Huffpost Impact
The Blog

Featuring fresh takes and real-time analysis from HuffPost's signature lineup of contributors

Chermerdene Jordan Headshot

Diabetes and Development: A New Approach for Community Health

Posted: Updated:
Print Article

Much has been written about poverty and its effects on diabetes and obesity. Just a few weeks ago, Mark Hyman, MD, tackled this issue in a cohesive and informative discussion entitled, "The Link between Poverty, Obesity & Diabetes." Several years ago government and health care professionals warned that diabetes and obesity would reach alarming proportions. They were right! It has reached epidemic proportions and is now predominately a disease of "poverty."

Dr. Hyman suggested initiatives and ideas that "may help shift the tide of poverty and disease" are sensible and should be acted upon. The challenge, in my view, is finding the path to get there. The answer could very well be community activism -- the same strategy that gave us the civil rights movement.

Eighteen months ago, I took my first steps to becoming a community health care 'activist' when I joined a conversation called New Performances of Diabetes Development. It was conceived by community activist, Lenora Fulani, PhD, Dean of the multi-faceted learning center UX, and co-chair Susan Massad, MD, a primary care physician and community health activist. UX -- an initiative of the All Stars Project, Inc., (ASP), is a non-traditional university center for learning and development. Its guiding principle is that everyone can develop and learn new things. All classes are free.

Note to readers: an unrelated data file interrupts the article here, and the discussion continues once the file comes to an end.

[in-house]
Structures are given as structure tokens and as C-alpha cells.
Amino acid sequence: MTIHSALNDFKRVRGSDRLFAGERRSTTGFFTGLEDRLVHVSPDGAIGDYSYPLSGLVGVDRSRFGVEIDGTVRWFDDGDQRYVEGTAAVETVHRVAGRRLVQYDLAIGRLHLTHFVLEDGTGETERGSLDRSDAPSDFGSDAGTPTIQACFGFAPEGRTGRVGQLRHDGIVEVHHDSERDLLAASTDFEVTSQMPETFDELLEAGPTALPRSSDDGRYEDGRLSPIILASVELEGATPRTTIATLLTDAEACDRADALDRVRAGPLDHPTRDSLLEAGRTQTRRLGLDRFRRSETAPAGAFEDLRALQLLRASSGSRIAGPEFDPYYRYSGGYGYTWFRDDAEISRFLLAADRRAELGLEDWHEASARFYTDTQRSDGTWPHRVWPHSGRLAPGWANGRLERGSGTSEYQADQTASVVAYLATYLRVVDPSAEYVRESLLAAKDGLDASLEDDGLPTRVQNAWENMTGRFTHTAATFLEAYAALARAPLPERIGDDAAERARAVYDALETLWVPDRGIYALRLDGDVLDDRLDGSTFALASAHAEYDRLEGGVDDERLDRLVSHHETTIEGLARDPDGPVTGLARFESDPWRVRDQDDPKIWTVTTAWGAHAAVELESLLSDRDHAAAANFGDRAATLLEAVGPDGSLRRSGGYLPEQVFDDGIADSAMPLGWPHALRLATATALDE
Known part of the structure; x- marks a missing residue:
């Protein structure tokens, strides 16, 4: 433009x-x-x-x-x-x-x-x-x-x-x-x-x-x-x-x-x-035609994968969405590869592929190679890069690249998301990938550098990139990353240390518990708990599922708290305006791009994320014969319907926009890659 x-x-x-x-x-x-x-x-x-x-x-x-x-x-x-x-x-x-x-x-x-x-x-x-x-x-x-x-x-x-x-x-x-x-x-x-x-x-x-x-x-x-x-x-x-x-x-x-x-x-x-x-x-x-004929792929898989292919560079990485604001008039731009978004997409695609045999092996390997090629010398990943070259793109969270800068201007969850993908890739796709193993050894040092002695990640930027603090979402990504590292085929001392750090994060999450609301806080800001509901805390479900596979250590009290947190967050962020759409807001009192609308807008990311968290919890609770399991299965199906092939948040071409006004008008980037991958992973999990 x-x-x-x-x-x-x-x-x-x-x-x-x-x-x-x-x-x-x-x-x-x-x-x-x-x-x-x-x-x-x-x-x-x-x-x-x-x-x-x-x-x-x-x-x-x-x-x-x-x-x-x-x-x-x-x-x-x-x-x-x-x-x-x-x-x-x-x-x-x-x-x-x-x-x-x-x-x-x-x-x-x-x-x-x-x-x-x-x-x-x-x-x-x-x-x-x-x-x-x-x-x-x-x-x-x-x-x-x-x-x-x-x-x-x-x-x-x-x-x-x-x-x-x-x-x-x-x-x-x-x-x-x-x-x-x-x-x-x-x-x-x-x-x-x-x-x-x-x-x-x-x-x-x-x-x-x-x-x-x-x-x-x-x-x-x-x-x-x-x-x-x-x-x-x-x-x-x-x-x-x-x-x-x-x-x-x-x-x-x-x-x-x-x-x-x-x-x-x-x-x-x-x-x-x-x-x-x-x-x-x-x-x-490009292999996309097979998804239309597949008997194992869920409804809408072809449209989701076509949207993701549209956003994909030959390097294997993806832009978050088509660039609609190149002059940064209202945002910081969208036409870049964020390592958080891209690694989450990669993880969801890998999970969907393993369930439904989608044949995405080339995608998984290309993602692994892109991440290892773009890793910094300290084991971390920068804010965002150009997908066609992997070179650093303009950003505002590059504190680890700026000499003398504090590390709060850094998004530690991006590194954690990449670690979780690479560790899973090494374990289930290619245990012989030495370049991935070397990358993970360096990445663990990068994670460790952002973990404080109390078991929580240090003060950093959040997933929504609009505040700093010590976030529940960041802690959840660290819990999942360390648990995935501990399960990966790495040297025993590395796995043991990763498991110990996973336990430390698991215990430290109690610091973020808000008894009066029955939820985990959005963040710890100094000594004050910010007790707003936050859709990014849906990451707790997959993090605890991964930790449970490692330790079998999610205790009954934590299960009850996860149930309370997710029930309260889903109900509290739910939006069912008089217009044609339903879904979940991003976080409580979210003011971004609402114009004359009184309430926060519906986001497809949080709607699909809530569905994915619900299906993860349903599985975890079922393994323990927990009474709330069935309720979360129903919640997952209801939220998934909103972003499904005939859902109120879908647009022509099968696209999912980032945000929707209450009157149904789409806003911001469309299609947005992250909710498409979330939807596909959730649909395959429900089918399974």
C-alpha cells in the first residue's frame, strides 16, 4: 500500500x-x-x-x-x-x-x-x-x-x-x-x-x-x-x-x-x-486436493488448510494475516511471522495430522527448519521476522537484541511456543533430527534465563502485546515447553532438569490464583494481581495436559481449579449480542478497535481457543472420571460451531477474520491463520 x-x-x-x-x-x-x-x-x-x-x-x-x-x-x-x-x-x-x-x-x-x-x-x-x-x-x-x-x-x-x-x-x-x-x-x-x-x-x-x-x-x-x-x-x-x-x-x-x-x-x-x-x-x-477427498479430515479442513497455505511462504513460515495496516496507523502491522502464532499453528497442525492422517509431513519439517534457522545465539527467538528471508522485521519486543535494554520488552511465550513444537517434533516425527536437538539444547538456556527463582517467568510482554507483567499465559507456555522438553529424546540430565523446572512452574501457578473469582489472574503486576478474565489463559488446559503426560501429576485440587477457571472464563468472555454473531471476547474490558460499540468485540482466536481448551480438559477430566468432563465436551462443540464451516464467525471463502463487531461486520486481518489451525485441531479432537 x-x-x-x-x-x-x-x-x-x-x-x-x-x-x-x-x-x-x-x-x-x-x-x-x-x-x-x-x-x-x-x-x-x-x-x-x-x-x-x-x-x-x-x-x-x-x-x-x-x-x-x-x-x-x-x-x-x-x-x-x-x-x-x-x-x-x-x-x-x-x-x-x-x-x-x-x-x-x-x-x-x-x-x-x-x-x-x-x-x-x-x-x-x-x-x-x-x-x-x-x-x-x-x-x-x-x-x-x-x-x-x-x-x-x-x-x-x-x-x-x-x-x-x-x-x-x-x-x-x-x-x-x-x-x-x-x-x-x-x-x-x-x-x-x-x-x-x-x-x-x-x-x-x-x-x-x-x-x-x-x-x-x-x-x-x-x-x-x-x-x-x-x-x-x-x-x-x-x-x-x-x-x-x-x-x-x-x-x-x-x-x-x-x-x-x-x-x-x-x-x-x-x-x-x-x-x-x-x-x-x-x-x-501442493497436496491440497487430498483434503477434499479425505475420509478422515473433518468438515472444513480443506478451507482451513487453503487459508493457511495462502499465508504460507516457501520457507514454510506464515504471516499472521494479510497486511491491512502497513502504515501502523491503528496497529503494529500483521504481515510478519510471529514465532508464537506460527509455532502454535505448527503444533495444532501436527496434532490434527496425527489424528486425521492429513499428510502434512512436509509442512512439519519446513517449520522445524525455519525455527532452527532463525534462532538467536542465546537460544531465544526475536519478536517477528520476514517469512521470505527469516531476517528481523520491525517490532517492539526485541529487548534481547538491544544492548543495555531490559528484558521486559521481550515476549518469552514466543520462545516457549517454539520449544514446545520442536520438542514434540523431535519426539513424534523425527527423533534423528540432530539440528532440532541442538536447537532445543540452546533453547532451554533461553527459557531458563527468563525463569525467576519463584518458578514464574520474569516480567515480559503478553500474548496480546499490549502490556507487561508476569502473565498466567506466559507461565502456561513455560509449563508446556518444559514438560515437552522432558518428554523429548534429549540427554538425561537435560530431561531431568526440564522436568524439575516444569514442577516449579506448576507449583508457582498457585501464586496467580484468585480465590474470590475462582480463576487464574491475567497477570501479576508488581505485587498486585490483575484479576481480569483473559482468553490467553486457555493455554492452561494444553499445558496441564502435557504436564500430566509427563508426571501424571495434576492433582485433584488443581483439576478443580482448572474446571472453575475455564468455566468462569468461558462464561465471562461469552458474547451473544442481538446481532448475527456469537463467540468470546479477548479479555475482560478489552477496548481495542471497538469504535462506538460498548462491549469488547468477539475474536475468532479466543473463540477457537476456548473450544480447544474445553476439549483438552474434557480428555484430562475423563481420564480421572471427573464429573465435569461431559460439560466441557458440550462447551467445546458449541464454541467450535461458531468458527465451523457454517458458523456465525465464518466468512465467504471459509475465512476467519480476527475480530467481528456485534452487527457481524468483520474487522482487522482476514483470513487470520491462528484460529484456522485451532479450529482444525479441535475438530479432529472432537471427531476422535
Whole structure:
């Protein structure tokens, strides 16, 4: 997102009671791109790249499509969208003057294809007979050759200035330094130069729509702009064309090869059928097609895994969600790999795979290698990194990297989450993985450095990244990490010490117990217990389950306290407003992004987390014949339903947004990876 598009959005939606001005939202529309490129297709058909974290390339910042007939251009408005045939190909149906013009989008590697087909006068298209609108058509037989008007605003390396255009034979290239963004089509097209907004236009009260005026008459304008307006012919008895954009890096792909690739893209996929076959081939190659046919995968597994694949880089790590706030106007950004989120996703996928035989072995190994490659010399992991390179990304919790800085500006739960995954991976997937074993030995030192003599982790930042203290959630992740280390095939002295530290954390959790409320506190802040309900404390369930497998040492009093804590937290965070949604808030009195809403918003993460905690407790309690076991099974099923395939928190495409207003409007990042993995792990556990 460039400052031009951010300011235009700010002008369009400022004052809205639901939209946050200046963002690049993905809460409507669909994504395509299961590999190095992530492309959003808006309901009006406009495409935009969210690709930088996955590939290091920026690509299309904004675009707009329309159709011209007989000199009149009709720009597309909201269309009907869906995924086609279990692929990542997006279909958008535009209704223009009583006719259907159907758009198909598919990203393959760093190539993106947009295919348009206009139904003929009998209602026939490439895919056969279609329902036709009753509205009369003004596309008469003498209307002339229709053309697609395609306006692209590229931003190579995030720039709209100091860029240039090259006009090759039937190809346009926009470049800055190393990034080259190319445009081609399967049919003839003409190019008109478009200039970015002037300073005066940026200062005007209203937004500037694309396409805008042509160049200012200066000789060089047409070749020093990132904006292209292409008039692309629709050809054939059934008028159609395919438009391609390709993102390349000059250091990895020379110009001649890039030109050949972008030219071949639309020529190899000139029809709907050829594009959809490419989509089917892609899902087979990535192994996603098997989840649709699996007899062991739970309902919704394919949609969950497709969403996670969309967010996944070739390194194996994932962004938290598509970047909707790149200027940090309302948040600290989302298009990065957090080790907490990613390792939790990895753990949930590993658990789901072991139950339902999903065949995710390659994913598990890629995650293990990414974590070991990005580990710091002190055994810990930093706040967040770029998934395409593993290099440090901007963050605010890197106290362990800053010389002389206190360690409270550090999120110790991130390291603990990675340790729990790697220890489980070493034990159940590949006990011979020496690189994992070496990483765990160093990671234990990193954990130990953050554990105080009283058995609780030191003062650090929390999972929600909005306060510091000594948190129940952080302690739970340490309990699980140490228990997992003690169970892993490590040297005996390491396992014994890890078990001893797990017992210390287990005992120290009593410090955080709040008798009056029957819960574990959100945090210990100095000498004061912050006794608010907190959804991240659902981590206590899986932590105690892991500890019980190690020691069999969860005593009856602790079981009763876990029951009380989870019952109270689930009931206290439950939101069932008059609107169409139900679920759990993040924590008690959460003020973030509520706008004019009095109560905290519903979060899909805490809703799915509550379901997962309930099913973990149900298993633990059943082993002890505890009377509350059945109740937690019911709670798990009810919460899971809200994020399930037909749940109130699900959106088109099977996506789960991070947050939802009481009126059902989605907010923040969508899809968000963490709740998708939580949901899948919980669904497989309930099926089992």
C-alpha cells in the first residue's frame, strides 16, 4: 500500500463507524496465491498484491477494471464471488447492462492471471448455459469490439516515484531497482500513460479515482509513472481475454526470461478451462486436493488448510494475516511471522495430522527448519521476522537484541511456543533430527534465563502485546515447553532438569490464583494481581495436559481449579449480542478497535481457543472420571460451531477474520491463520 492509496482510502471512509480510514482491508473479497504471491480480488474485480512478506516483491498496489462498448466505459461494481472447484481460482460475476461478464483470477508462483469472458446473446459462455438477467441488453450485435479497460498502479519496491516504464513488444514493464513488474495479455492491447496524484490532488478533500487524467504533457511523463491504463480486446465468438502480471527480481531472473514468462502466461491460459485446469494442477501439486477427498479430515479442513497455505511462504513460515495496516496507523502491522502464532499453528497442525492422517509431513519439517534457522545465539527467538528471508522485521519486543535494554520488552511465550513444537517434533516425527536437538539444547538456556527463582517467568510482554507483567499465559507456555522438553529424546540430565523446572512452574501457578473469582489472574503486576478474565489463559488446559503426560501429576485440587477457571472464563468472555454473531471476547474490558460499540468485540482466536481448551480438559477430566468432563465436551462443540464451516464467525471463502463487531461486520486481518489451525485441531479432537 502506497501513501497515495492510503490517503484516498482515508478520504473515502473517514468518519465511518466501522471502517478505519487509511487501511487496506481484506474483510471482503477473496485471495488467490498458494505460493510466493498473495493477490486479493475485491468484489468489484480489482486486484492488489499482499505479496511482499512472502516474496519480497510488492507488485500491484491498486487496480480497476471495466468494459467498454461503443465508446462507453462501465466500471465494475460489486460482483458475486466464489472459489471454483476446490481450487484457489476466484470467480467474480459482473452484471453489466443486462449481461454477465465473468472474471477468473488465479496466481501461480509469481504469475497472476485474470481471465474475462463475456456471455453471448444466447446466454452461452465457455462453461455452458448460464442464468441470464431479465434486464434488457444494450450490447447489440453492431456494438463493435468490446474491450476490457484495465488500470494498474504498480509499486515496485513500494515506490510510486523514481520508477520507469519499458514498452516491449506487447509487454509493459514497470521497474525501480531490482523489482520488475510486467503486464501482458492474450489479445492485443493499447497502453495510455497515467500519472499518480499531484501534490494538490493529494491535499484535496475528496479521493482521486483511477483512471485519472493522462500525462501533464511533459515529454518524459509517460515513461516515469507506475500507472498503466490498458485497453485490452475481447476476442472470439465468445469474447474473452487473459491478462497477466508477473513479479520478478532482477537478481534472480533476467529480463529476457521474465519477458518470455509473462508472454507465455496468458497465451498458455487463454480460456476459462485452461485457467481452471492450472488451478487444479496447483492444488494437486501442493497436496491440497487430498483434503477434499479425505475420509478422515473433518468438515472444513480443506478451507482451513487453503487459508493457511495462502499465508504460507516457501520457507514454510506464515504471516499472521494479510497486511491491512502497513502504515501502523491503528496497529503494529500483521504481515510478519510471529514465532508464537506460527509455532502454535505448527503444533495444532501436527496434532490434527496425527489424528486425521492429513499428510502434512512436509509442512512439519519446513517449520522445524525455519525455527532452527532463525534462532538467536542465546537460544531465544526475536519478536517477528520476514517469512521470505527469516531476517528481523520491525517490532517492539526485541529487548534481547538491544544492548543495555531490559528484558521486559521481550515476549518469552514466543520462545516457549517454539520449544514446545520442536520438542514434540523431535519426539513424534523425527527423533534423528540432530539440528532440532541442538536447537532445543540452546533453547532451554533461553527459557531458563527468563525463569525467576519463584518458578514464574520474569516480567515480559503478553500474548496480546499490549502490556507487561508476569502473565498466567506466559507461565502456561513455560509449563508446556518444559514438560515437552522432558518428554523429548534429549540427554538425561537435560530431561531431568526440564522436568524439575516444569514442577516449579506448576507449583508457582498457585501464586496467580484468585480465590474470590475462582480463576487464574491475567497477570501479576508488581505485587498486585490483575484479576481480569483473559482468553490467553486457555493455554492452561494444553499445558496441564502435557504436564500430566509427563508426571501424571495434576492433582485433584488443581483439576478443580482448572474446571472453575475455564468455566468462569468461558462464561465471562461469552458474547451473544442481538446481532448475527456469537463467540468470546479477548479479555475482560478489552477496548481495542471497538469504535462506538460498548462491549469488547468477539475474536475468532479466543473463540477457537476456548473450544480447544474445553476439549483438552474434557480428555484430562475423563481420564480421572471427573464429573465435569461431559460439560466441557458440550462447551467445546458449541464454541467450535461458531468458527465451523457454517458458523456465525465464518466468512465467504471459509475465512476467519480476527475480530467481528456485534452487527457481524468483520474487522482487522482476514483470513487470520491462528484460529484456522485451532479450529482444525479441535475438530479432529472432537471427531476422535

Many of those participating have diabetes or know someone who does. We listened in rapt attention as Dr. Spyros Mezitis, well-known New York City diabetes specialist, painted a frightening, depressing, and seemingly hopeless picture for diabetes and obesity. Unfortunately, his canvas showed that the disease manifested at epidemic proportions among the poor.

Like Dr. Hyman, Dr. Mezitis outlined the reasons, and offered some solutions. "Yet," he noted, "despite significant advances in research, clinical academic circles and the pharmacological industry, the epidemic progresses unabated." However, there was a glaring omission -- the community that's impacted the most -- poor people. The challenge was getting this group to participate in a conversation about an issue that disproportionately affects their health and lives. A paradigm shift was crucial if we wanted to see change.

Both Dr. Fulani and Dr. Massad emphasized the only way the community could become effective was through learning and development. Dr. Massad noted that people with diabetes don't see an epidemic but views it as an individual issue because it's something they've done wrong. As such, they don't want to talk about it because "it's my problem." There was a discrepancy -- while everyone sees the disease as a medical issue, it's really "a disease of the community."

This was a significant insight for me. For several years I worked on community health projects funded by the public and private sectors to reach people in underserved communities. My team used traditional and non-traditional marketing techniques to educate our target audiences. Community access and involvement were strategies we used successfully given our limited resources. Now, I was intrigued by the concept of learning and development to effect lasting change. My decision to become an active participant in New Performances of Diabetes Development was easy.